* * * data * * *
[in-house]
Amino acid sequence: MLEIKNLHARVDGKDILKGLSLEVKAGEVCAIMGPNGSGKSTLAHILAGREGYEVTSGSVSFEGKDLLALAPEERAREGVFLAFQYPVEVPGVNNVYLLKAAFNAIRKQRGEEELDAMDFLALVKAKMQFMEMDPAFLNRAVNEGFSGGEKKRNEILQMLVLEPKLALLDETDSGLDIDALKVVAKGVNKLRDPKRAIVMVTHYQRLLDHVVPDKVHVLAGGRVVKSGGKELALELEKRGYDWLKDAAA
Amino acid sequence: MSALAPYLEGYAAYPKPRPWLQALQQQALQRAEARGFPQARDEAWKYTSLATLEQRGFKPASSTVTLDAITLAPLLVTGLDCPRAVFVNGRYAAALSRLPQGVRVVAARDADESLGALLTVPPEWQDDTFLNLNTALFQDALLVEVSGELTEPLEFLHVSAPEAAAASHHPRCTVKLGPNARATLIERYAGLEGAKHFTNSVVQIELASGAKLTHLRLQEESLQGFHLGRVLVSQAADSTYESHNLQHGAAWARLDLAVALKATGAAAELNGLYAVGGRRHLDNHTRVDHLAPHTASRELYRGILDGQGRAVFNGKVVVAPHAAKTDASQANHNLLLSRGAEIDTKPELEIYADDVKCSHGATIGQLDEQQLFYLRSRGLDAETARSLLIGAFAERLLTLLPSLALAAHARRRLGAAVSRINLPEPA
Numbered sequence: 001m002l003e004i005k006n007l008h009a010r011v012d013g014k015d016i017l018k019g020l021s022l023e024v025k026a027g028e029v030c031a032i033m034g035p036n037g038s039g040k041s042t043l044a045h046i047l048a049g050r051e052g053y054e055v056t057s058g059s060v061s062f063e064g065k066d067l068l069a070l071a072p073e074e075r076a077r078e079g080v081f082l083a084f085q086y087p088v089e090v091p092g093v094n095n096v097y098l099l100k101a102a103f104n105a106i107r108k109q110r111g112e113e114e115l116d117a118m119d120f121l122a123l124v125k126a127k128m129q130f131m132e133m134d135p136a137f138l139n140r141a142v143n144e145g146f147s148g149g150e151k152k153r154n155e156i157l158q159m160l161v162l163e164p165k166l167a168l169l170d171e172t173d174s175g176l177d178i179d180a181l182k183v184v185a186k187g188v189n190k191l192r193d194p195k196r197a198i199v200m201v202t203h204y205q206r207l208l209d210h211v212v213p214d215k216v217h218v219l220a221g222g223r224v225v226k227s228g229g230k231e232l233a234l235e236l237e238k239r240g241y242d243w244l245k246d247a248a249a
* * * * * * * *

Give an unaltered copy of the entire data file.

[in-house]
Amino acid sequence: MLEIKNLHARVDGKDILKGLSLEVKAGEVCAIMGPNGSGKSTLAHILAGREGYEVTSGSVSFEGKDLLALAPEERAREGVFLAFQYPVEVPGVNNVYLLKAAFNAIRKQRGEEELDAMDFLALVKAKMQFMEMDPAFLNRAVNEGFSGGEKKRNEILQMLVLEPKLALLDETDSGLDIDALKVVAKGVNKLRDPKRAIVMVTHYQRLLDHVVPDKVHVLAGGRVVKSGGKELALELEKRGYDWLKDAAA
Amino acid sequence: MSALAPYLEGYAAYPKPRPWLQALQQQALQRAEARGFPQARDEAWKYTSLATLEQRGFKPASSTVTLDAITLAPLLVTGLDCPRAVFVNGRYAAALSRLPQGVRVVAARDADESLGALLTVPPEWQDDTFLNLNTALFQDALLVEVSGELTEPLEFLHVSAPEAAAASHHPRCTVKLGPNARATLIERYAGLEGAKHFTNSVVQIELASGAKLTHLRLQEESLQGFHLGRVLVSQAADSTYESHNLQHGAAWARLDLAVALKATGAAAELNGLYAVGGRRHLDNHTRVDHLAPHTASRELYRGILDGQGRAVFNGKVVVAPHAAKTDASQANHNLLLSRGAEIDTKPELEIYADDVKCSHGATIGQLDEQQLFYLRSRGLDAETARSLLIGAFAERLLTLLPSLALAAHARRRLGAAVSRINLPEPA
Numbered sequence: 001m002l003e004i005k006n007l008h009a010r011v012d013g014k015d016i017l018k019g020l021s022l023e024v025k026a027g028e029v030c031a032i033m034g035p036n037g038s039g040k041s042t043l044a045h046i047l048a049g050r051e052g053y054e055v056t057s058g059s060v061s062f063e064g065k066d067l068l069a070l071a072p073e074e075r076a077r078e079g080v081f082l083a084f085q086y087p088v089e090v091p092g093v094n095n096v097y098l099l100k101a102a103f104n105a106i107r108k109q110r111g112e113e114e115l116d117a118m119d120f121l122a123l124v125k126a127k128m129q130f131m132e133m134d135p136a137f138l139n140r141a142v143n144e145g146f147s148g149g150e151k152k153r154n155e156i157l158q159m160l161v162l163e164p165k166l167a168l169l170d171e172t173d174s175g176l177d178i179d180a181l182k183v184v185a186k187g188v189n190k191l192r193d194p195k196r197a198i199v200m201v202t203h204y205q206r207l208l209d210h211v212v213p214d215k216v217h218v219l220a221g222g223r224v225v226k227s228g229g230k231e232l233a234l235e236l237e238k239r240g241y242d243w244l245k246d247a248a249a